Wealthy Maryland is poor in child-care subsidies

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By Josh Hicks

 

January 2, 2016

 

A group of Maryland lawmakers is pushing Gov. Larry Hogan and the General Assembly to increase financial assistance for families struggling to cover child-care costs, noting that the state ranks among the least generous in the nation for such aid.

Advocates say state and federal funding levels for child-care subsidies are too low, forcing Maryland to restrict how many low-income families qualify for vouchers and greatly limiting which day-care centers those families can afford.

Adding to the financial pressure are new federal regulations that say states must subsidize child care at rates that allow parents to enroll their children in higher-priced programs, rather than only the cheapest.

Del. Ariana B. Kelly (D-Montgomery) and Sen. Nancy J. King (D-Montgomery), who chair a legislative committee that oversees child care in the state, want Hogan (R) to increase funding for subsidies and work with the panel to come up with tax proposals that would ease the financial burden of child care for families and providers.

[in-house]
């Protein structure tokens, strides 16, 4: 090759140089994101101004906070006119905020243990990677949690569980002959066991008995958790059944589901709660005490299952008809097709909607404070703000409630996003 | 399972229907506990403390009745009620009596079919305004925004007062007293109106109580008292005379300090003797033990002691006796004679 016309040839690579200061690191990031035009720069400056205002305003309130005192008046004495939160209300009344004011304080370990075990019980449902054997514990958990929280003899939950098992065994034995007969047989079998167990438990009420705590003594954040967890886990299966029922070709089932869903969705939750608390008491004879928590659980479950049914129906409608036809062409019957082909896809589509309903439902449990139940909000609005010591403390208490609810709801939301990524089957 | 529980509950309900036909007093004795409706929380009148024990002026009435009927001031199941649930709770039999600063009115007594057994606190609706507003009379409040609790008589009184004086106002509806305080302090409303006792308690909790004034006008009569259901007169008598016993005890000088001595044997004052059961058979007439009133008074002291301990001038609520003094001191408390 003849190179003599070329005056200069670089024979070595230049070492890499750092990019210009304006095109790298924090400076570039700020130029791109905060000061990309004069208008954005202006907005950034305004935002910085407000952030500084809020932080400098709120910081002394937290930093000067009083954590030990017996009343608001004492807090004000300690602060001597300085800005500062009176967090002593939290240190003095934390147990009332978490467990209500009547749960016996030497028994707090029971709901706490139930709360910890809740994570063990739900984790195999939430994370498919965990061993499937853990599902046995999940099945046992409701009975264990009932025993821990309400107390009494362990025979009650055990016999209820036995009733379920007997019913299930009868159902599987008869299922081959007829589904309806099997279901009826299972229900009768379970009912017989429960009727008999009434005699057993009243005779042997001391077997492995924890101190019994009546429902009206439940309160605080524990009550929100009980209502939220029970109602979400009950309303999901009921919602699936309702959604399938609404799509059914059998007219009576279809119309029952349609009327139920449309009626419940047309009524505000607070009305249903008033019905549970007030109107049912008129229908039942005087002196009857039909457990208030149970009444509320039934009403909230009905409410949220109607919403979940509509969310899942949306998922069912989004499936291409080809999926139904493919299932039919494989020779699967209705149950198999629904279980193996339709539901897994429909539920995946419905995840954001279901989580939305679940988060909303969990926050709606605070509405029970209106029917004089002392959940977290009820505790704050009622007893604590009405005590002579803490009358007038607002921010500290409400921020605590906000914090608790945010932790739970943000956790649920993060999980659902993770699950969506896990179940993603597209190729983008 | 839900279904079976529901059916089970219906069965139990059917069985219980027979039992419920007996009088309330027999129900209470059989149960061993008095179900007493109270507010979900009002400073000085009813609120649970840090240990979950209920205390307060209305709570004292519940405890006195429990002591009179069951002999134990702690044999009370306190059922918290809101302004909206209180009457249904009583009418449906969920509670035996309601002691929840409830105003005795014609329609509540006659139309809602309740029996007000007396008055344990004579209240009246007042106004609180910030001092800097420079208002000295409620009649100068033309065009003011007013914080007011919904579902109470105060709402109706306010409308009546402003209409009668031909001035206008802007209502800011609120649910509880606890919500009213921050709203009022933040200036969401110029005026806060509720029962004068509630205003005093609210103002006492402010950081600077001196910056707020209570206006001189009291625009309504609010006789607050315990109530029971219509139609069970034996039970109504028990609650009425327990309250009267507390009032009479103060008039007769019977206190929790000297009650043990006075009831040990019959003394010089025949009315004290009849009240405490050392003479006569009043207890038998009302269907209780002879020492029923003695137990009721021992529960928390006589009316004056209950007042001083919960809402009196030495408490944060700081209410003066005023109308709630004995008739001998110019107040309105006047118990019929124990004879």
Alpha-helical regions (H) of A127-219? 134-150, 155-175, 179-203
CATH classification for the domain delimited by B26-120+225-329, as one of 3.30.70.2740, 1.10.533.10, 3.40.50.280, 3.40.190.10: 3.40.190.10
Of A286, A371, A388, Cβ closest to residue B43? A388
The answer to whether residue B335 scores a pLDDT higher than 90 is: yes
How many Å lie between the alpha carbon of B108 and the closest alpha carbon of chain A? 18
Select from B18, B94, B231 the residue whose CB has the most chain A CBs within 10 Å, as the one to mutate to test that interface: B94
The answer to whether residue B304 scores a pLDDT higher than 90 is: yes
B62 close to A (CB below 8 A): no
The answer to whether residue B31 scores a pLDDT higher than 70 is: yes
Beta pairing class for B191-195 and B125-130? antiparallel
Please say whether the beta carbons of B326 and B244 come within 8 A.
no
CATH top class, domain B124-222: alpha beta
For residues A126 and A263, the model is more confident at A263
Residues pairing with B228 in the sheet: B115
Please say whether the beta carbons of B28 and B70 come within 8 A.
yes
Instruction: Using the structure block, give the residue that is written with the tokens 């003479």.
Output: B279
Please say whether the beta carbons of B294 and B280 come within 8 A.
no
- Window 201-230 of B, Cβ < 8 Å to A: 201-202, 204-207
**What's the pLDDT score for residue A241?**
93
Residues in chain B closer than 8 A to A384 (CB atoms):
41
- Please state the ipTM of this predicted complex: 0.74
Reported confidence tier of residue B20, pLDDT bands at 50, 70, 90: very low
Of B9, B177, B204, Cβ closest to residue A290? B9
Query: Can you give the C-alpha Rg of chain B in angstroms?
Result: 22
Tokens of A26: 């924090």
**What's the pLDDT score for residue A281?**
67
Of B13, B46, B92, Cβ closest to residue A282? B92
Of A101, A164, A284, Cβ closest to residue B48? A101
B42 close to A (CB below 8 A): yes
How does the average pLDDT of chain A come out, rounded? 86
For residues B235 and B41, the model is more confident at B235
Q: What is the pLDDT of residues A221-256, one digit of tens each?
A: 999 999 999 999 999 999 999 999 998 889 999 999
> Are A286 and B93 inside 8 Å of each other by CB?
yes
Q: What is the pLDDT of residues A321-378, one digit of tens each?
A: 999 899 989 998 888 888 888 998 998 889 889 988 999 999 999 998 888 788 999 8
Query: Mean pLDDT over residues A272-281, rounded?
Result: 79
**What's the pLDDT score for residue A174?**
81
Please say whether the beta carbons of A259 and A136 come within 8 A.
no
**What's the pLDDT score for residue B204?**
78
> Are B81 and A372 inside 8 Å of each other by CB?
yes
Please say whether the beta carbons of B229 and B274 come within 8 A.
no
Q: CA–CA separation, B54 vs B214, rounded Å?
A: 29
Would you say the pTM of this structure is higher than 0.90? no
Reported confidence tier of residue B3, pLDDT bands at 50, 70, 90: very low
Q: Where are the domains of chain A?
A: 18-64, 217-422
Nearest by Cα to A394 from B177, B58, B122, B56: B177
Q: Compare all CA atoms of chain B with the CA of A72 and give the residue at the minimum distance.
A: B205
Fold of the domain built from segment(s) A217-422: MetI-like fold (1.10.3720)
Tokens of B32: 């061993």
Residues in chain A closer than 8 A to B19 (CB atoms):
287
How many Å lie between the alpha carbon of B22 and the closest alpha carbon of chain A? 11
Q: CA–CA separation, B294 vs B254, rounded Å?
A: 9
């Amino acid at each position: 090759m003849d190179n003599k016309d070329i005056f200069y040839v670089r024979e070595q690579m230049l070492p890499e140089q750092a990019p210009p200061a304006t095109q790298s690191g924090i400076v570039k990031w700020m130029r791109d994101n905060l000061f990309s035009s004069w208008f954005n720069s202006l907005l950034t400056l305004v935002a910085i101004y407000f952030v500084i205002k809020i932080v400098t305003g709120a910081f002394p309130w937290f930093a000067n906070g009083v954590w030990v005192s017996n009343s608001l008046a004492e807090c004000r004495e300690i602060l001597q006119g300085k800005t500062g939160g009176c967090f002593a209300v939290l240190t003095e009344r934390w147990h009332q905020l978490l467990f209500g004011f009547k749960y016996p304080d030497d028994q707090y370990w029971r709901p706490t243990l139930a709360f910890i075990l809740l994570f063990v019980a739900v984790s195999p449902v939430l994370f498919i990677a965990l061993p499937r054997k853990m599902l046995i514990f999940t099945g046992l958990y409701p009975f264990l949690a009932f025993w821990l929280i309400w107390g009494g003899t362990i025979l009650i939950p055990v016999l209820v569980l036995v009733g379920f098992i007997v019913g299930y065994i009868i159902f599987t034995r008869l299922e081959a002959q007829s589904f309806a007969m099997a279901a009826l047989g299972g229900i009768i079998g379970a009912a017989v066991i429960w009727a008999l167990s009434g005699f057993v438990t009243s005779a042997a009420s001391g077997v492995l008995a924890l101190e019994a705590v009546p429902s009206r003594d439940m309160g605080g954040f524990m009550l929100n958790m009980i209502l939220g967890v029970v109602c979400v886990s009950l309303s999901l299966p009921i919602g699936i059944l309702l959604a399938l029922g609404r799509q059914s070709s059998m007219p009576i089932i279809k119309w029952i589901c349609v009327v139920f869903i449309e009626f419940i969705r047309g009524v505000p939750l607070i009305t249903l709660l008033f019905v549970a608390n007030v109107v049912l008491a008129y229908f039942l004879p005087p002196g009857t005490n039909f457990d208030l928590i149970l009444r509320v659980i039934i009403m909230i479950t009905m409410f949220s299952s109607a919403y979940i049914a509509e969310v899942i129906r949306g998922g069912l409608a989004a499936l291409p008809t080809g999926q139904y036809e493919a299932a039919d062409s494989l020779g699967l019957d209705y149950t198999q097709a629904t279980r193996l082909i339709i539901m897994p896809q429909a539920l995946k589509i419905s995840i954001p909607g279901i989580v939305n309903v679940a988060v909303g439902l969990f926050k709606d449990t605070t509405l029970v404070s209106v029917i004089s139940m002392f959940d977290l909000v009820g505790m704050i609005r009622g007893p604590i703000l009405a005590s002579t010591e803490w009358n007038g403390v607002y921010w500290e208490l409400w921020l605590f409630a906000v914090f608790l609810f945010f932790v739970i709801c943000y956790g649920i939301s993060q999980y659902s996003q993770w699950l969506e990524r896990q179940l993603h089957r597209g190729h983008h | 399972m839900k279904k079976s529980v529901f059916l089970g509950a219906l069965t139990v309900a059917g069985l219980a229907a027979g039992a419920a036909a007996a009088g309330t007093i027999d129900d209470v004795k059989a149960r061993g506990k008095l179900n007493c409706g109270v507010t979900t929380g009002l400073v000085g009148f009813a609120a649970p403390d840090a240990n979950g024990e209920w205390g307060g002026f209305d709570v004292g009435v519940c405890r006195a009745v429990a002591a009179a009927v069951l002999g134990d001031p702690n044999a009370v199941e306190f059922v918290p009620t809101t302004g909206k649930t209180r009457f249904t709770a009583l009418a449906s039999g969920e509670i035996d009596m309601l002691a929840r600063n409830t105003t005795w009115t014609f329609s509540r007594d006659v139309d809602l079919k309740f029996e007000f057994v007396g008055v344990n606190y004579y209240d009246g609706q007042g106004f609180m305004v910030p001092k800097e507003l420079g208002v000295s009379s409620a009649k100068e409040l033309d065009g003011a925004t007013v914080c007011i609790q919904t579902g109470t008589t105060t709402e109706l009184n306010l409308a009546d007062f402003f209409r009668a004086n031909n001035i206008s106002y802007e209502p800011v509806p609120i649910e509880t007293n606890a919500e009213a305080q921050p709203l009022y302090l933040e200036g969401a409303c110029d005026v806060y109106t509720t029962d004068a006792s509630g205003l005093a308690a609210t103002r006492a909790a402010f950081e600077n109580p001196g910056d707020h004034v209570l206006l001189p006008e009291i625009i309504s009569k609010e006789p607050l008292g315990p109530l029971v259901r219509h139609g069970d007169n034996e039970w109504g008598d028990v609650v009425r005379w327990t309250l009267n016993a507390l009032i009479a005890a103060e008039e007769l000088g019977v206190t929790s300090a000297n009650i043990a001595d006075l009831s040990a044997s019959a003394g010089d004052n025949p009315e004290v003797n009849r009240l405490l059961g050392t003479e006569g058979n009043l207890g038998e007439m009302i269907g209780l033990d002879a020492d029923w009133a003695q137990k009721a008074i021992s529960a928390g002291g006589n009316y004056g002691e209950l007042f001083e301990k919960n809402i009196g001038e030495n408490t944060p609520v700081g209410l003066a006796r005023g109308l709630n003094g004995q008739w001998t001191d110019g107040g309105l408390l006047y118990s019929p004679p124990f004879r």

They say Maryland, which has the highest median income in the nation, should be able to afford the extra costs.

Hogan has increased state spending on the subsidy program by 8 percent since taking office, to about $40.8 million for fiscal year 2017. He has not said whether he will boost funding or the program in his next budget proposal, which he must release next month.

Amelia Chasse, a spokeswoman for the governor, said the child-care program will “remain a strong focus going forward” and that “caring for the most vulnerable among us, especially our children, will always be a top priority of the Hogan administration.”

 Advocates say affordable, quality child care helps with youth development and enables more parents to hold jobs and attend school. The federal subsidy program began under a welfare overhaul that Congress and President Bill Clinton approved in 1996, aimed in part at helping those who use government assistance become self-sufficient. 

Maryland’s subsidy program served more than 10,300 families and 17,400 children on average each month in 2015, according to the latest U.S. Department of Health and Human Services data.

Among them was Monique Burton, a 26-year-old Hyattsville resident with two children, ages 2 and 6. Burton works part time for Prince George’s County schools and attends Prince George’s Community College.